higher entropy cis or trans

Boltzmann Equation for Entropy:

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Franca Park 3J
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higher entropy cis or trans

Postby Franca Park 3J » Sun Feb 07, 2016 10:57 pm

Considering positional disorder, would you expect a crystal of octahedral cis-MX2Y4 to have the same, higher, or lower residual entropy than the corresponding trans isomer? Explain your conclusion

The solutions manual says that for the cis compound there will be 12 different orientations while for the trans compound there will be 3 different orientations. How did they get 12 and 3?

Chem_Mod
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Re: higher entropy cis or trans

Postby Chem_Mod » Mon Feb 08, 2016 1:44 pm

The geometry it is talking about is the octahedral arrangement, where there are 6 directions for ligands: up, down, left, right, front, and back

With a little visualization it should be clear that there are only 3 pairs of positions that are 180 degrees apart but there are 12 pairs of positions that are 90 degrees apart

Marsenne Cabral 1A
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Re: higher entropy cis or trans

Postby Marsenne Cabral 1A » Sun Feb 24, 2019 10:49 pm

I am still confused though, is the trans isomer only looking at the molecules 180 degrees apart?

Michael Torres 4I
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Re: higher entropy cis or trans

Postby Michael Torres 4I » Sun Feb 24, 2019 11:47 pm

The molecule featured possesses an octahedral geometry. Consider X1, X2, X3, and X4 to span horizontally across the molecule, with odd numbers being positioned opposite from each other and even numbers being positioned opposite from each other. Now, consider Y1 and Y2 to be the points on the opposite top and bottom ends of the molecule. This arrangement should reflect that present in the book.

Now, in a trans molecule the occupied positions must lie opposite from each other, so (Y1, Y2), (X1, X3), and (X2, X4) fit this requirement. If occupied, only these three positions would lie opposite from each other. Because they are opposite from each other, these positions also lie 180 degrees apart. (It is required that there be 180 degrees of separation in a trans molecule in order to maintain non-polarity and proper symmetry.)

In a cis molecule, positions must not lie opposite from each other. Therefore, (X1, X2), (X2, X3), (X3, X4), (X4, X1), (Y1, X1), (Y1, X2), (Y1, X3), (Y1, X4), (Y2, X1), (Y2, X2), (Y2, X3), and (Y2, X4) fit this requirement. If occupied, these twelve positions satisfy a cis arrangement in that they are not opposite from each other. In fact, they all lie 90 degrees apart from each other.

I realize this is abstract, but please try to visualize it and I think it will make more sense.

Annie Chantasirivisal_4G
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Re: higher entropy cis or trans

Postby Annie Chantasirivisal_4G » Tue Feb 11, 2020 2:37 pm

IMG_0853 2.jpg

I drew them out so that it's easier to visualize the 12 cis and the 3 trans in case anyone is also struggling like me; the above comment definitely helped me understand this problem a lot better, thank you so much!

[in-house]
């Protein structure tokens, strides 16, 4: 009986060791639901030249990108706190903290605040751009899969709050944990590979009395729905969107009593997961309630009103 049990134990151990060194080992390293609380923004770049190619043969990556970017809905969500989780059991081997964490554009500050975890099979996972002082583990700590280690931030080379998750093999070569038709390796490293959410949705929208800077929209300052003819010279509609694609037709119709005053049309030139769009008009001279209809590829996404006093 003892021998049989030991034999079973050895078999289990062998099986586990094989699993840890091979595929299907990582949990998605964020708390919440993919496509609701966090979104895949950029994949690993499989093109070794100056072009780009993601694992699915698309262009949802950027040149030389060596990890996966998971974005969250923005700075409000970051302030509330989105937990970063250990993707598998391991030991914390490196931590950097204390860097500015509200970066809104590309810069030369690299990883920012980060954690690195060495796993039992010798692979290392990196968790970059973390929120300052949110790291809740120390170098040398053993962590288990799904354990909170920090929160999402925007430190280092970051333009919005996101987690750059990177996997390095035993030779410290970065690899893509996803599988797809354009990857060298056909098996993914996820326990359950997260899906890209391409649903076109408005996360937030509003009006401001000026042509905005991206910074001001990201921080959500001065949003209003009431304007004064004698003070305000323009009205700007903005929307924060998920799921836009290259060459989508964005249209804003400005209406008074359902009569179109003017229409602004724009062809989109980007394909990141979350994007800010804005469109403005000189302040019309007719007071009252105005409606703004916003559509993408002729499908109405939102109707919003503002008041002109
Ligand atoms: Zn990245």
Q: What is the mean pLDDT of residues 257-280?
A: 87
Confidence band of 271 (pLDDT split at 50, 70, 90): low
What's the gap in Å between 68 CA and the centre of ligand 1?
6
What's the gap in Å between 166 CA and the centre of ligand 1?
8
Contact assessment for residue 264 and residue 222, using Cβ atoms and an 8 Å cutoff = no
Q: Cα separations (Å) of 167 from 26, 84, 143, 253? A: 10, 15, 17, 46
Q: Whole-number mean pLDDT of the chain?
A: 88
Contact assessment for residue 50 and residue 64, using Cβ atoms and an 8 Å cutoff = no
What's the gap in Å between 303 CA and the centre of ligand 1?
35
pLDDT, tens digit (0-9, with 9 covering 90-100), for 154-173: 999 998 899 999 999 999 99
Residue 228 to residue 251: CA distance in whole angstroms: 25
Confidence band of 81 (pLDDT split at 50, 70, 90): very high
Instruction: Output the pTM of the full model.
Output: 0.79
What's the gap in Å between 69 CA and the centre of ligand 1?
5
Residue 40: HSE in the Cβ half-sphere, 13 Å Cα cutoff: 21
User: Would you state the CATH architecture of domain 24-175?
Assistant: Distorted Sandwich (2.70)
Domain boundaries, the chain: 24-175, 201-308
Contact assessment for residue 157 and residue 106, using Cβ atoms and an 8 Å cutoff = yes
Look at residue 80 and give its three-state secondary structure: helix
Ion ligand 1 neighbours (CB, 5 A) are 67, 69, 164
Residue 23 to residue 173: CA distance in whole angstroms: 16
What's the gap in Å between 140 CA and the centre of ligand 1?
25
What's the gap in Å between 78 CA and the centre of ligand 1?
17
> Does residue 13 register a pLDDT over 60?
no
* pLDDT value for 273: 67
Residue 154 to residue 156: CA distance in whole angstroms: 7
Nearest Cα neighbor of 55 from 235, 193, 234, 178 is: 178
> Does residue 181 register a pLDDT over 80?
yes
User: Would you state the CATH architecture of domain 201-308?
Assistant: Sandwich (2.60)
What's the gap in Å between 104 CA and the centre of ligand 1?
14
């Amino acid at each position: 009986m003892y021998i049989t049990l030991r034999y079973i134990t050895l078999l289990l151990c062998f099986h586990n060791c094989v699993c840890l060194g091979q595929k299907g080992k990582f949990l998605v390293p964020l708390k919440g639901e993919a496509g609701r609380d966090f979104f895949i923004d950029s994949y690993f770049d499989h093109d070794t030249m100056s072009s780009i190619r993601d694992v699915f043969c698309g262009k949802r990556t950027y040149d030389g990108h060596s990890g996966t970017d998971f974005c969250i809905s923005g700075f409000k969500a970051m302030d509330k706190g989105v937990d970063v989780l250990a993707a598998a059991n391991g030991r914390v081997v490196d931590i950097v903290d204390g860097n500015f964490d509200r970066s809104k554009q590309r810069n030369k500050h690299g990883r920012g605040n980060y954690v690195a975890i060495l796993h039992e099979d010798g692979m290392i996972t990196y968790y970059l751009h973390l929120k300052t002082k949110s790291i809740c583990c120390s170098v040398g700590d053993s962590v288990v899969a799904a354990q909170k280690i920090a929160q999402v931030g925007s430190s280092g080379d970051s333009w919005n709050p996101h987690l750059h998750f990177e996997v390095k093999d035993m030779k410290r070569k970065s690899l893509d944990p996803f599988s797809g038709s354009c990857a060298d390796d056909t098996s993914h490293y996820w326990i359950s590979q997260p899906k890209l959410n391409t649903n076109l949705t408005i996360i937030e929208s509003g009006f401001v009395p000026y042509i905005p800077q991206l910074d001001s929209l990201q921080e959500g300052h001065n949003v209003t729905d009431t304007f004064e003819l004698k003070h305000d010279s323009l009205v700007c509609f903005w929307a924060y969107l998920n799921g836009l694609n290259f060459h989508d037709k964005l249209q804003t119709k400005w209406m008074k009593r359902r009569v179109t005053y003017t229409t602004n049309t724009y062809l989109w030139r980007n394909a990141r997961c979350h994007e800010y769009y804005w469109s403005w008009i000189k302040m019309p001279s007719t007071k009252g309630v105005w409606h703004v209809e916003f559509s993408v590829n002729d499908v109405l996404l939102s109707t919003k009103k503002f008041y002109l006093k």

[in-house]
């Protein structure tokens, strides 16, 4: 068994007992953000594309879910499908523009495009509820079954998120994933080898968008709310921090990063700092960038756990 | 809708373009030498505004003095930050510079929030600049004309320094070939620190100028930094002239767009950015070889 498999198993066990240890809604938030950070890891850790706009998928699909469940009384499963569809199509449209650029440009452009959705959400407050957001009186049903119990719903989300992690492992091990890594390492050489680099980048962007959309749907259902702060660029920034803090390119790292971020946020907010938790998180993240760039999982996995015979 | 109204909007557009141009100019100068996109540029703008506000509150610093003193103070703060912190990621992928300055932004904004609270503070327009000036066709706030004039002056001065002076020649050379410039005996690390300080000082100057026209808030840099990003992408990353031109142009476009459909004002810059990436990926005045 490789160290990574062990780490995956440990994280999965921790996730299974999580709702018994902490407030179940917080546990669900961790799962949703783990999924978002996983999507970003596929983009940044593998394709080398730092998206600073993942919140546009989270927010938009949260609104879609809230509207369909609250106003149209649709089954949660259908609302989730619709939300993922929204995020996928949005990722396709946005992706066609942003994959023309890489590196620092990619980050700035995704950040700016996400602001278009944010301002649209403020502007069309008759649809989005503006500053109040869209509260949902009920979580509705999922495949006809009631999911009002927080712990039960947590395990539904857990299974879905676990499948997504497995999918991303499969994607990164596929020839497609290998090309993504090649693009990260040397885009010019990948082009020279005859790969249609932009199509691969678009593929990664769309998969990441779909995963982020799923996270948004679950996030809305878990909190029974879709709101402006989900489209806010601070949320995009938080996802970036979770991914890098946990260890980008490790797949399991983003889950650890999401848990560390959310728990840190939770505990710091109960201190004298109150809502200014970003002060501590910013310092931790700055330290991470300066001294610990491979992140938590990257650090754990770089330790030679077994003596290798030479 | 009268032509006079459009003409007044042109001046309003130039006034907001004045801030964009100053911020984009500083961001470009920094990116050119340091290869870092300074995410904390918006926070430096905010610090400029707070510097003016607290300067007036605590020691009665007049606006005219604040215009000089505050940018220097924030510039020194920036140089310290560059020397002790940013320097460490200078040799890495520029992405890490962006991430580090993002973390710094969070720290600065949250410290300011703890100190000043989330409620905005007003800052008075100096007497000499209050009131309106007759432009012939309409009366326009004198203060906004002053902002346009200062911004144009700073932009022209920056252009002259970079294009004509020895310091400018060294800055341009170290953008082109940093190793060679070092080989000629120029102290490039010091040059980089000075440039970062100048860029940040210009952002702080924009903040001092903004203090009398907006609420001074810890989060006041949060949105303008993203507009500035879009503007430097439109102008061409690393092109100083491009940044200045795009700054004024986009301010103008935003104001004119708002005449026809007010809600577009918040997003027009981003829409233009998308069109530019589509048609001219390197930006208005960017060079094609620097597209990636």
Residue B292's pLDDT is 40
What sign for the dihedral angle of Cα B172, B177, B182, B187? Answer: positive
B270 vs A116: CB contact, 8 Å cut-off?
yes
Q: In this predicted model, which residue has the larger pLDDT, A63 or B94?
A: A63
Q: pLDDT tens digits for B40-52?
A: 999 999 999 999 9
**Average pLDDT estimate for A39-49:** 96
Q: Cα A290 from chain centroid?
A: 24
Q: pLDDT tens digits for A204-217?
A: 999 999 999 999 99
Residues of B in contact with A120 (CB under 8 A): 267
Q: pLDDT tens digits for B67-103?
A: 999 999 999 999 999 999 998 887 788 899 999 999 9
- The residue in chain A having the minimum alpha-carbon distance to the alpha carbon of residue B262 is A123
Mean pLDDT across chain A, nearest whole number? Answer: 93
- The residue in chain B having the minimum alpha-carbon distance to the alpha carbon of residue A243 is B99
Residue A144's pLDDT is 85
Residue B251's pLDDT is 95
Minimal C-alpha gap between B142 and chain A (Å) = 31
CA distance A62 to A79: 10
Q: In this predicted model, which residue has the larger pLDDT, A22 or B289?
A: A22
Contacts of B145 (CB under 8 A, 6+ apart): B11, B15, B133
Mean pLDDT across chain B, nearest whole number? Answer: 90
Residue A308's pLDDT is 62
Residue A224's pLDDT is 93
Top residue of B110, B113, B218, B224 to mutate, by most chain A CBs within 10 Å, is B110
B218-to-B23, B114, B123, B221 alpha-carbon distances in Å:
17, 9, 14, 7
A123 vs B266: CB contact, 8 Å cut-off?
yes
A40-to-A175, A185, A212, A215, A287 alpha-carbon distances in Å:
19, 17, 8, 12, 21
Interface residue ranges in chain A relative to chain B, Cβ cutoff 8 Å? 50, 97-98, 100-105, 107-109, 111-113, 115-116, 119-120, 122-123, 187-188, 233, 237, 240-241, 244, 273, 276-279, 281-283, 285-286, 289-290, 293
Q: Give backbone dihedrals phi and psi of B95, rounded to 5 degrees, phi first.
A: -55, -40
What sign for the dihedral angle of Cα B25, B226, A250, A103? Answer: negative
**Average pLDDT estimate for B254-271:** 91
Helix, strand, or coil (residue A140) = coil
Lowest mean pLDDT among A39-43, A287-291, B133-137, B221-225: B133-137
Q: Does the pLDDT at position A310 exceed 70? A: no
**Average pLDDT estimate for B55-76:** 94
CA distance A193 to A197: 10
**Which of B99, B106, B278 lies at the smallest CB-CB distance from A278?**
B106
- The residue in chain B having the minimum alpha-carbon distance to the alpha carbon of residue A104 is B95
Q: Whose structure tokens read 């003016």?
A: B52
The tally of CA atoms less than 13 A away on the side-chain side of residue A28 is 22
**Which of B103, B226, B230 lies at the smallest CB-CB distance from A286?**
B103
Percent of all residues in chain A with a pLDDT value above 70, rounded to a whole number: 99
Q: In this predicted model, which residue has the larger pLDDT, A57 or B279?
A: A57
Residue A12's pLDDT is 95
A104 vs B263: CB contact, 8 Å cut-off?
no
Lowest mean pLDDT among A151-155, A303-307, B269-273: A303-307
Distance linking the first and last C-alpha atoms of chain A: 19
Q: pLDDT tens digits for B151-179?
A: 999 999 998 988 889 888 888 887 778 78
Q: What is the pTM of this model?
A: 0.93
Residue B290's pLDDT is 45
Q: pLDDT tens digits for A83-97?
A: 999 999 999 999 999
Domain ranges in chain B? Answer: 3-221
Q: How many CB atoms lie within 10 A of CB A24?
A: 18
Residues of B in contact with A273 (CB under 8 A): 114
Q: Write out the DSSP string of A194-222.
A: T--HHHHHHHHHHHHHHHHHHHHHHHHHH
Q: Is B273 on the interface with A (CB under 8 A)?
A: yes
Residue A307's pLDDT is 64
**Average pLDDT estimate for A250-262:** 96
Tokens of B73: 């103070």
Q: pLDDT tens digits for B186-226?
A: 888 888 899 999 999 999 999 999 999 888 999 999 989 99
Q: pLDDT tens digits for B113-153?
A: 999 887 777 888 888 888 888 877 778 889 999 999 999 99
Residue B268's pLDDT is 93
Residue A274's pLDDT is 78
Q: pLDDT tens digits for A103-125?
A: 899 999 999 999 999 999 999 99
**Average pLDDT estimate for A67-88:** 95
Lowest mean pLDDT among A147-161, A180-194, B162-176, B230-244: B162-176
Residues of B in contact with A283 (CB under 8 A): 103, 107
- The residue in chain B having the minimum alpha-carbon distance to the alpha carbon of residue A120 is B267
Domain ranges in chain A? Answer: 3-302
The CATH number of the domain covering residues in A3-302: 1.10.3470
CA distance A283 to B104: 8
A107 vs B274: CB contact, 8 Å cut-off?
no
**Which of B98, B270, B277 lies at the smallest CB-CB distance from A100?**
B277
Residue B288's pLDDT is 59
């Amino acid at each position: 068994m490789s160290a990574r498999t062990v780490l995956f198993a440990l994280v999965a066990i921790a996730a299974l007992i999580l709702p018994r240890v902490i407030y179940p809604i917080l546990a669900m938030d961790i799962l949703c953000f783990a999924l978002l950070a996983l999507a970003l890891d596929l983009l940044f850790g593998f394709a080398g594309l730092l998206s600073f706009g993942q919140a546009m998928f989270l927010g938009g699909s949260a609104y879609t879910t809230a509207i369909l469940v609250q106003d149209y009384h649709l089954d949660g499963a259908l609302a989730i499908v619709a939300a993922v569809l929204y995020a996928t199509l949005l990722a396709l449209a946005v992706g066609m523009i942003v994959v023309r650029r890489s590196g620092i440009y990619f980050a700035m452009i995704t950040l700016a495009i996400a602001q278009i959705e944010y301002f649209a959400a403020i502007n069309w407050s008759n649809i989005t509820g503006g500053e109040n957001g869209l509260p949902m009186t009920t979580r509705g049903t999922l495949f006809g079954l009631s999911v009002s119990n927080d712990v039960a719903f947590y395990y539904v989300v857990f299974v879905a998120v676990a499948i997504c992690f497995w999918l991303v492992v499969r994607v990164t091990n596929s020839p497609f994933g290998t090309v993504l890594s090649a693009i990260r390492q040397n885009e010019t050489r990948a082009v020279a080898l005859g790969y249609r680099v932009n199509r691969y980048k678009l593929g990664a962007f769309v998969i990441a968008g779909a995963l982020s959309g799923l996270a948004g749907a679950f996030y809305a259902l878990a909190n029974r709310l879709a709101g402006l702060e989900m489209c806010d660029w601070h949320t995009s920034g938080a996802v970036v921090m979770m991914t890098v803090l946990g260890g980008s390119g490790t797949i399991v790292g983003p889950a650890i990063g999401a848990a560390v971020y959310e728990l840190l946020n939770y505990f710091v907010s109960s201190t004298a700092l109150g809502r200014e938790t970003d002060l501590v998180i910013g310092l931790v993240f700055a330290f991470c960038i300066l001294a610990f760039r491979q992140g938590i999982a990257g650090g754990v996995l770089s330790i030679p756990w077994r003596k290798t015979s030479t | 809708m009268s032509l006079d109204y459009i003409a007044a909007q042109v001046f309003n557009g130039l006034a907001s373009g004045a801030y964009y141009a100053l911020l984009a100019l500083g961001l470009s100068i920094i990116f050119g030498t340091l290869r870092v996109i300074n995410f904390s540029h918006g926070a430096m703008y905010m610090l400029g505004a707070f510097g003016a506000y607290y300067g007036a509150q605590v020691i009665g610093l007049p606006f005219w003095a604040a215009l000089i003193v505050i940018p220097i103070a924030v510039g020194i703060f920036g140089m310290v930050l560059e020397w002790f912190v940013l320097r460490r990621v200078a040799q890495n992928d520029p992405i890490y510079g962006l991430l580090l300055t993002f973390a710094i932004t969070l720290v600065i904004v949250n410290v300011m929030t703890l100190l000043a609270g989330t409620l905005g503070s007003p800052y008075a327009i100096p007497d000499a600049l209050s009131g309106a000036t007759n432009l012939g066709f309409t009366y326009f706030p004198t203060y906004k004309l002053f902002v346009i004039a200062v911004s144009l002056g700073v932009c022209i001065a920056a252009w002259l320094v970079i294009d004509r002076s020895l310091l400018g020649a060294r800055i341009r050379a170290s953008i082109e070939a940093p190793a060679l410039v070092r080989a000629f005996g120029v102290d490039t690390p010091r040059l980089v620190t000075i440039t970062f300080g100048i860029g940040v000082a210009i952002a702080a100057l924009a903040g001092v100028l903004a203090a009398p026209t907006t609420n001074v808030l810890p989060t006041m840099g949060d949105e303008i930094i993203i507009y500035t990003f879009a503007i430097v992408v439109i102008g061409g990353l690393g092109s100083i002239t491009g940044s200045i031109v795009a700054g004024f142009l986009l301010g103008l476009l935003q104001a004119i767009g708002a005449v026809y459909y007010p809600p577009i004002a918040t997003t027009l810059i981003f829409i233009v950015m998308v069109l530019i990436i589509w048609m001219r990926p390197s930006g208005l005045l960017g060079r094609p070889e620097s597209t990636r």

I circled the X so that it's easier to see how each molecule differs in position! :>

KaleenaJezycki_1I
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Re: higher entropy cis or trans

Postby KaleenaJezycki_1I » Tue Feb 11, 2020 3:10 pm

Annie Chantasirivisal_4G wrote:IMG_0853 2.jpg
I drew them out so that it's easier to visualize the 12 cis and the 3 trans in case anyone is also struggling like me; the above comment definitely helped me understand this problem a lot better, thank you so much!

I circled the X so that it's easier to see how each molecule differs in position! :>


Is this something that was covered in class or we should know for the midterm?

Annie Chantasirivisal_4G
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Re: higher entropy cis or trans

Postby Annie Chantasirivisal_4G » Fri Feb 14, 2020 5:23 pm

KaleenaJezycki_1I wrote:
Annie Chantasirivisal_4G wrote:IMG_0853 2.jpg
I drew them out so that it's easier to visualize the 12 cis and the 3 trans in case anyone is also struggling like me; the above comment definitely helped me understand this problem a lot better, thank you so much!

I circled the X so that it's easier to see how each molecule differs in position! :>


Is this something that was covered in class or we should know for the midterm?


Sorry for the late reply, but as you can tell it was not on the midterm. This is just a review of 14A with cis and trans placement, but I think we'll get into more detail of it during 14C and D with O-chem :>

Edit:
Sorry, for clarification: drawing them out isn't necessary but I did it so that I could obtain the maximum possible number of positions the molecule could be in (14A stuff). But technically, that position part is what we need to know for 14B since it's part of entropy (the W in S=KblnW) and since we didn't get a chance to use that formula in the midterm I suspect it might be in the final.


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